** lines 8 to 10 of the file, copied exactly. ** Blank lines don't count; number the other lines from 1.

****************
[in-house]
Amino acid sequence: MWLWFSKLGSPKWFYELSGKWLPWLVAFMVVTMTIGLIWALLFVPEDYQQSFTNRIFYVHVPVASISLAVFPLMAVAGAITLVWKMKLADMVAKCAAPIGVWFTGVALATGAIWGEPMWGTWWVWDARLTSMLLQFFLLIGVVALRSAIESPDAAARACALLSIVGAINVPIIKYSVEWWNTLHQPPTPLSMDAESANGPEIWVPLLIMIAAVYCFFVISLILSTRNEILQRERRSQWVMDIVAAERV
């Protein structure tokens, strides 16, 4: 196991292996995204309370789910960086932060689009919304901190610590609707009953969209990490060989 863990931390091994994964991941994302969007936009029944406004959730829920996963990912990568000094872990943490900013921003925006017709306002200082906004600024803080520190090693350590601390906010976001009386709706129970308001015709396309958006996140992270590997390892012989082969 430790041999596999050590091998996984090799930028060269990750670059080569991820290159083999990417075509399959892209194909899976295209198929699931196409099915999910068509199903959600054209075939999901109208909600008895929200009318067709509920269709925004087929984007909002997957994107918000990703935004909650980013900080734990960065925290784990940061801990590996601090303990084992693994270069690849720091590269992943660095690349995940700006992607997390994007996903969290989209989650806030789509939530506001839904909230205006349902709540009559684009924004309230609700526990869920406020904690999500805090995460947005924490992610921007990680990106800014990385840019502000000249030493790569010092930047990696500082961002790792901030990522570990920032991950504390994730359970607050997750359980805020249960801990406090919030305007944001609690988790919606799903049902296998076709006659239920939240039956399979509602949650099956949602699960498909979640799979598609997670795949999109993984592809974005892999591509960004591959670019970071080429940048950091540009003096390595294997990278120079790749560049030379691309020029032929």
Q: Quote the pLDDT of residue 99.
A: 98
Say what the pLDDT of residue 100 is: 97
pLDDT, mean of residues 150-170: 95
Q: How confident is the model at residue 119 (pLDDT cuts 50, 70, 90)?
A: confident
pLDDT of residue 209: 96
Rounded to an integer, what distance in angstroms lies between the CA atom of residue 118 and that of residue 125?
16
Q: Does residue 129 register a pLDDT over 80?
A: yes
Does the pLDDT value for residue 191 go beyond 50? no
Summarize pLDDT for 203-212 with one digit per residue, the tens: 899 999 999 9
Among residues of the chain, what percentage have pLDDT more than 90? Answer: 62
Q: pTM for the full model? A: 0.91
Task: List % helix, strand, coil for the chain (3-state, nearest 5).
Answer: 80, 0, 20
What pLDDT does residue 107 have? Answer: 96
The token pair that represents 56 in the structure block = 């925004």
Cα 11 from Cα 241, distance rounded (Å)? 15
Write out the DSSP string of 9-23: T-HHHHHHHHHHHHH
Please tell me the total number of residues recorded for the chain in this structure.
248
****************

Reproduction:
Q: How confident is the model at residue 119 (pLDDT cuts 50, 70, 90)?
A: confident
pLDDT of residue 209: 96